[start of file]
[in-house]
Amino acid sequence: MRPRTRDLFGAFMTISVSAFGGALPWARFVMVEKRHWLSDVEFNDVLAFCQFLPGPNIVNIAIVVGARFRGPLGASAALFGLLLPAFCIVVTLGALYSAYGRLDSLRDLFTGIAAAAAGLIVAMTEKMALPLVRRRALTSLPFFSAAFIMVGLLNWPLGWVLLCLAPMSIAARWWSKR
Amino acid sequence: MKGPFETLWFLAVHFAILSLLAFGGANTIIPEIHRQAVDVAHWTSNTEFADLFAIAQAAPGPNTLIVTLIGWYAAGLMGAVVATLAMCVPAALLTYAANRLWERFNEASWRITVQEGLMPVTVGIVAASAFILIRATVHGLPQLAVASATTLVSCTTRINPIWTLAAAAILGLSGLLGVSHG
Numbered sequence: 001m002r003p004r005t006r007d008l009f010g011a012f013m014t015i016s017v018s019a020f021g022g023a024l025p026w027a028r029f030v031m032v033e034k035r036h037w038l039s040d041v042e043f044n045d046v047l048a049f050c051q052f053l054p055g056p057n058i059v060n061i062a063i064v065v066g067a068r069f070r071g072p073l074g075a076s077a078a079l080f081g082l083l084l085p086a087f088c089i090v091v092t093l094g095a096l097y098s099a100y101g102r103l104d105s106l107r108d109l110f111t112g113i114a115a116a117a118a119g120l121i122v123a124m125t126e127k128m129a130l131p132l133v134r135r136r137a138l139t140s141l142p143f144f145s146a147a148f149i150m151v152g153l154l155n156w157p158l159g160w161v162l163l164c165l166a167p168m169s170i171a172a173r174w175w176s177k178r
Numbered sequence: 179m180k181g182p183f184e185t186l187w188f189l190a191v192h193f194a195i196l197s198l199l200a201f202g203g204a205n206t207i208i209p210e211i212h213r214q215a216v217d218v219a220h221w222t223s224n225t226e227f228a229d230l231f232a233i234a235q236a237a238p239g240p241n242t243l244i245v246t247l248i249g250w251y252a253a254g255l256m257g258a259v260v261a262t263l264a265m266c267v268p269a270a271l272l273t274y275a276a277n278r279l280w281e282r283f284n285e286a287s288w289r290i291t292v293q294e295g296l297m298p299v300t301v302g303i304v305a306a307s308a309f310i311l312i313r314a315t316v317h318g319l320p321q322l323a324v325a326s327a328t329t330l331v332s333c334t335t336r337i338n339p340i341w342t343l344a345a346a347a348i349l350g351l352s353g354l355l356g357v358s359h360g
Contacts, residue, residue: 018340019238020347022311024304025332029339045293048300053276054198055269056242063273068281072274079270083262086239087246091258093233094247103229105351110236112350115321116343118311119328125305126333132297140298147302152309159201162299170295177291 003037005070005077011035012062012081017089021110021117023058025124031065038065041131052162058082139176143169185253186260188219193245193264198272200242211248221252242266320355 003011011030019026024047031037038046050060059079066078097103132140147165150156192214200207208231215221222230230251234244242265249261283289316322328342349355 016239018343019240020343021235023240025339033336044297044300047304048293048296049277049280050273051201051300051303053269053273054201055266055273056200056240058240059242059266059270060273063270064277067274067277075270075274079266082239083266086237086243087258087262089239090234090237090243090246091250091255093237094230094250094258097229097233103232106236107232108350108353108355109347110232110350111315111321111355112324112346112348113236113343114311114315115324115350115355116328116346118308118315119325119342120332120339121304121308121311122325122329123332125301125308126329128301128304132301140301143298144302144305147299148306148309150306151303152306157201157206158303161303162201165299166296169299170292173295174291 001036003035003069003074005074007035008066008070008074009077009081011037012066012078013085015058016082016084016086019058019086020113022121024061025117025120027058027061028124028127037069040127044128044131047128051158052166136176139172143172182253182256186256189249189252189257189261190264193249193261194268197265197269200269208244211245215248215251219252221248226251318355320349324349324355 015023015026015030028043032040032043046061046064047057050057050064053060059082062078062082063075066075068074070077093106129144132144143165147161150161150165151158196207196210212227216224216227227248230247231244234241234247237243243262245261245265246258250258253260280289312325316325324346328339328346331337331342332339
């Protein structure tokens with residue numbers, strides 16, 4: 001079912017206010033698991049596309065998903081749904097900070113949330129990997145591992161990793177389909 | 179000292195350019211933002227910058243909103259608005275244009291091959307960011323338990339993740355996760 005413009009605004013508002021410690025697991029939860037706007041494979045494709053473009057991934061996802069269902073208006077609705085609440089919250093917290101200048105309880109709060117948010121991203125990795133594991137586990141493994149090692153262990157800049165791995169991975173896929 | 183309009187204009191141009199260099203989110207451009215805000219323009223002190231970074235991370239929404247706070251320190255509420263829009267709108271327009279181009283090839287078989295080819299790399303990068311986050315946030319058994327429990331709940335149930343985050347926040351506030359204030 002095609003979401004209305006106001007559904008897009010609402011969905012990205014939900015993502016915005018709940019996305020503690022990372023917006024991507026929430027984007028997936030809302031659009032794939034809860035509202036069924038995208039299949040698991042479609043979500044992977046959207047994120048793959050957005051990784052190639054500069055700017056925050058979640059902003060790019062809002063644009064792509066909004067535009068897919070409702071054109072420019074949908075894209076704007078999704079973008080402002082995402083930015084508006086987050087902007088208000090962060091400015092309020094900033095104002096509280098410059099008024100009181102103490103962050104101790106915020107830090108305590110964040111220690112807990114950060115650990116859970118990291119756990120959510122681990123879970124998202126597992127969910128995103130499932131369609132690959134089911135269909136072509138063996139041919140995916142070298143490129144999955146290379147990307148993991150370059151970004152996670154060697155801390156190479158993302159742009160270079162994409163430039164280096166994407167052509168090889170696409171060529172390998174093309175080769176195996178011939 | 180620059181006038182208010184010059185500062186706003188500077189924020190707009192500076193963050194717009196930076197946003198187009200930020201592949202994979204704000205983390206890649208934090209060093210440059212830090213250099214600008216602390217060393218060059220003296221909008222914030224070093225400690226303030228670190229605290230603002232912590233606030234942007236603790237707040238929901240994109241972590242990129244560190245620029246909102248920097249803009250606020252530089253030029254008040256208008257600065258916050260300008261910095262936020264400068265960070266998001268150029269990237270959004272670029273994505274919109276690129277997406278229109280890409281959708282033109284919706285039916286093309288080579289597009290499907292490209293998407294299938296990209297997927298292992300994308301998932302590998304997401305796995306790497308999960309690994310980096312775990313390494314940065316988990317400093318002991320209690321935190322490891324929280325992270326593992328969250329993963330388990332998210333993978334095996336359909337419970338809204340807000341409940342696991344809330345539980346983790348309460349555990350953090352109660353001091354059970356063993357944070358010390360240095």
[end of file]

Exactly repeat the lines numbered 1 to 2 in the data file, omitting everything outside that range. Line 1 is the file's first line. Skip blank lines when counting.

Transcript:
[in-house]
Amino acid sequence: MRPRTRDLFGAFMTISVSAFGGALPWARFVMVEKRHWLSDVEFNDVLAFCQFLPGPNIVNIAIVVGARFRGPLGASAALFGLLLPAFCIVVTLGALYSAYGRLDSLRDLFTGIAAAAAGLIVAMTEKMALPLVRRRALTSLPFFSAAFIMVGLLNWPLGWVLLCLAPMSIAARWWSKR